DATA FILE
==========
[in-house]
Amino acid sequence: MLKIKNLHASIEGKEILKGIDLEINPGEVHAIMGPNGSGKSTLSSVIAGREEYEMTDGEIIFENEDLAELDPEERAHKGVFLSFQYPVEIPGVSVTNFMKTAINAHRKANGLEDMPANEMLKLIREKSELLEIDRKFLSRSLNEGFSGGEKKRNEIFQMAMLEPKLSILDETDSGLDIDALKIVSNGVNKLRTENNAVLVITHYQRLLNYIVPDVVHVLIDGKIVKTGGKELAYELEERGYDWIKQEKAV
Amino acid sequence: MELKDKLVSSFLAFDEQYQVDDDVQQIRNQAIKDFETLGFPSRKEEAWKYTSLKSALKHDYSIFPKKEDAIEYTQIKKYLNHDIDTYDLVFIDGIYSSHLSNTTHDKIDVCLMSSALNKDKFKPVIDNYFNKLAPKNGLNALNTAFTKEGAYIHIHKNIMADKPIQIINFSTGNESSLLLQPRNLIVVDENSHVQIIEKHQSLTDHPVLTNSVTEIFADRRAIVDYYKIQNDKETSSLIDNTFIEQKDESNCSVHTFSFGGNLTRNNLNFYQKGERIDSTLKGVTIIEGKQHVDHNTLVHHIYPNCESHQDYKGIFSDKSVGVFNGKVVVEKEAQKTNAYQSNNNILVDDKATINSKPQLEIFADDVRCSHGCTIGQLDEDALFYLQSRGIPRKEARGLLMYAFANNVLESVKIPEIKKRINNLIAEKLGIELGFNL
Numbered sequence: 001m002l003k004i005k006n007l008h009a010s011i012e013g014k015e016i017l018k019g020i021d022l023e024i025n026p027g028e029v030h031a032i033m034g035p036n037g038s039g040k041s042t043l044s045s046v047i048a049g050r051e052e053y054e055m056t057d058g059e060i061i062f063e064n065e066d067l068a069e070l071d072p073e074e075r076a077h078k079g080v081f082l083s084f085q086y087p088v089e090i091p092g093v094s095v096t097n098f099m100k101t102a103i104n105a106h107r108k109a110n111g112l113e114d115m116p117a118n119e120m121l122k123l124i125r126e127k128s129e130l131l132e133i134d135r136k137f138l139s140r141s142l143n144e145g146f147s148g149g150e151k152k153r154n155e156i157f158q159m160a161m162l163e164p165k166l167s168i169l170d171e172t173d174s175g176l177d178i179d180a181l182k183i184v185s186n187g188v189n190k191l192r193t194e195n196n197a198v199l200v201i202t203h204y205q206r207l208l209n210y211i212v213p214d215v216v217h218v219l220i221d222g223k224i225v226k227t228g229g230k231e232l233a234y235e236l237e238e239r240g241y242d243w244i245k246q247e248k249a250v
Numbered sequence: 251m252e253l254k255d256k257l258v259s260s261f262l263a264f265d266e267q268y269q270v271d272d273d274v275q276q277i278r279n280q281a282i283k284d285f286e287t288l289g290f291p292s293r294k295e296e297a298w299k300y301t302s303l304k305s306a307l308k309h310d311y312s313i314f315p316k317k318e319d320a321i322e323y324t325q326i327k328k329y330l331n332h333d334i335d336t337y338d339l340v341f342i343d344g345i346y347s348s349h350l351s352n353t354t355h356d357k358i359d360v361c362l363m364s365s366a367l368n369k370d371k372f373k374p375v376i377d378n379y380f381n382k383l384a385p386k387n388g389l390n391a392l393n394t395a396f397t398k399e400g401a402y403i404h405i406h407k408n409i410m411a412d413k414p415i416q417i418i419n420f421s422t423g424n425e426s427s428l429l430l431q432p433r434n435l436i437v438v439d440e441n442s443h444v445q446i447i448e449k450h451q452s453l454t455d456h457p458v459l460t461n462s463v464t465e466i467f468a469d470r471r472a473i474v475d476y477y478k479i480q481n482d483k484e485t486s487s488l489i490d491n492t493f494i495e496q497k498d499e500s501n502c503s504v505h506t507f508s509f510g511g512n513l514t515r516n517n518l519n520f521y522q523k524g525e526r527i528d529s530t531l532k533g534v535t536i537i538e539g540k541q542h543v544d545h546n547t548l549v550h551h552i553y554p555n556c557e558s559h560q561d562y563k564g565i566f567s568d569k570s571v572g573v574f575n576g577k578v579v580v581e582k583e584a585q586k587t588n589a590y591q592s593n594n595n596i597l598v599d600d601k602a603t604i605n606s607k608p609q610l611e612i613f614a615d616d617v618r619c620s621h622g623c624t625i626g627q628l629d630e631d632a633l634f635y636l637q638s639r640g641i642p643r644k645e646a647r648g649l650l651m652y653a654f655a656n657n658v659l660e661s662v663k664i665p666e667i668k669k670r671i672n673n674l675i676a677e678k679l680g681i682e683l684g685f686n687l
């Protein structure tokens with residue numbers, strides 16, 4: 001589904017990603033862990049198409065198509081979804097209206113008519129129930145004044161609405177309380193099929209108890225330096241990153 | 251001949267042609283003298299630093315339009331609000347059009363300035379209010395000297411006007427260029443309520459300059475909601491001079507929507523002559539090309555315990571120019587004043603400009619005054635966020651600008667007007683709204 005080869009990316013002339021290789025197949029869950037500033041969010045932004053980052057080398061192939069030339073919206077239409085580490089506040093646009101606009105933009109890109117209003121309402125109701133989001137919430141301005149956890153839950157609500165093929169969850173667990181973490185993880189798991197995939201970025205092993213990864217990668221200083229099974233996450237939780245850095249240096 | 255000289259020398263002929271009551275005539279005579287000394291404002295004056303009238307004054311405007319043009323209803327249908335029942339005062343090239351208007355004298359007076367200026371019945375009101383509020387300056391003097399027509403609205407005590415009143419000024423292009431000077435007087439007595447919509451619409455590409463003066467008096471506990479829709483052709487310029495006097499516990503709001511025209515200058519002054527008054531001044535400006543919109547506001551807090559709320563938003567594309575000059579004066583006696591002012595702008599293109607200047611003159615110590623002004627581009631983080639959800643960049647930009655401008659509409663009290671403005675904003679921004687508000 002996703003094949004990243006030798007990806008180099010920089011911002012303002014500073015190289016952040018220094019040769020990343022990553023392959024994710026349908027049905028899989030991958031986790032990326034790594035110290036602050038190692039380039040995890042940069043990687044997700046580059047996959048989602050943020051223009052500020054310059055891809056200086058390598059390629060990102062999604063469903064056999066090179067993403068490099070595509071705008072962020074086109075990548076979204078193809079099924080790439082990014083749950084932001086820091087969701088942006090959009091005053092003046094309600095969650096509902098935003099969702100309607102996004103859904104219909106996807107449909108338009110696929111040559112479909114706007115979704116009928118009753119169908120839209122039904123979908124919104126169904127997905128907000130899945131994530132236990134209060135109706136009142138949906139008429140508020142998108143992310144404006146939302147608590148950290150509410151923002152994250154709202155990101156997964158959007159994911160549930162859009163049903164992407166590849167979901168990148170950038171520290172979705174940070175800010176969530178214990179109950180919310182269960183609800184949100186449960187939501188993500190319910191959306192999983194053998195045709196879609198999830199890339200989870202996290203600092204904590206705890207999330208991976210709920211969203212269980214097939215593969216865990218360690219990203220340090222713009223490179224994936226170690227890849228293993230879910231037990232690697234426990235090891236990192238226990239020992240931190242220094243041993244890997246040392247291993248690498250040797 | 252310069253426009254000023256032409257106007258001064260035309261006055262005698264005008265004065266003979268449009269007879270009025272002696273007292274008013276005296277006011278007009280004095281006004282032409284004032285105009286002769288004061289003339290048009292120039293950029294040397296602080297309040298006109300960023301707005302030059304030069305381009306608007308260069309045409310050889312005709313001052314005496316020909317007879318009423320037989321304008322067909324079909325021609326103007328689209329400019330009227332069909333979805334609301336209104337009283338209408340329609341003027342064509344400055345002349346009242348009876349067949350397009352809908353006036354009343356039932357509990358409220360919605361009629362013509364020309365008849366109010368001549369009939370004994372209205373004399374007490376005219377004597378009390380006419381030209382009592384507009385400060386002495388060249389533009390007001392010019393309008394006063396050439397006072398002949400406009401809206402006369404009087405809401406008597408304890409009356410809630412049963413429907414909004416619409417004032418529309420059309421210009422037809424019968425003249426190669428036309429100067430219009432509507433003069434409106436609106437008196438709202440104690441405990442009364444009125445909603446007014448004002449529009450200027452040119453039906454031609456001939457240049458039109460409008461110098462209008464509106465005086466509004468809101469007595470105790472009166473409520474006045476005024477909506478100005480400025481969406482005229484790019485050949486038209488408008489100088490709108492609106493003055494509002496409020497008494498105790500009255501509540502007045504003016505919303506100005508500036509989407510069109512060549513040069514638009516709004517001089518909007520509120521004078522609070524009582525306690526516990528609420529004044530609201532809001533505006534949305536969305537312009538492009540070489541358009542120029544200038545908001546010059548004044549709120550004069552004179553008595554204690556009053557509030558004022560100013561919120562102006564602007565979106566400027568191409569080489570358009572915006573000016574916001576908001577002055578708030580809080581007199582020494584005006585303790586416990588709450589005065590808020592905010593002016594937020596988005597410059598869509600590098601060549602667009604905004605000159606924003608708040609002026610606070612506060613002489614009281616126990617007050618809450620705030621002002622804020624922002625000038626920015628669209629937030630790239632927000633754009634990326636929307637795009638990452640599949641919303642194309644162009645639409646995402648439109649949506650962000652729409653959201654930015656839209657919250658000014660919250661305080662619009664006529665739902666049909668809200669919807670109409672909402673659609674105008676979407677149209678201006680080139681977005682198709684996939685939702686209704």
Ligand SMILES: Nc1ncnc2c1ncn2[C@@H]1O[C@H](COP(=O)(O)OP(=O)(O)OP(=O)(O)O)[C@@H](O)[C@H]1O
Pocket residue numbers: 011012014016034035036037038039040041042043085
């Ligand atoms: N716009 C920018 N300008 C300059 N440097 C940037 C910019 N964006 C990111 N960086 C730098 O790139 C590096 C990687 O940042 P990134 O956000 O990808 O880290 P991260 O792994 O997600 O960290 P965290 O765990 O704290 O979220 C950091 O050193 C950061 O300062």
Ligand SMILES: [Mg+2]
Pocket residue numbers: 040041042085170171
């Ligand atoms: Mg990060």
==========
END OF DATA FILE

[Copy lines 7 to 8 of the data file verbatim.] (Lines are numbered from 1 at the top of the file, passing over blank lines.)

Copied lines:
Ligand SMILES: Nc1ncnc2c1ncn2[C@@H]1O[C@H](COP(=O)(O)OP(=O)(O)OP(=O)(O)O)[C@@H](O)[C@H]1O
Pocket residue numbers: 011012014016034035036037038039040041042043085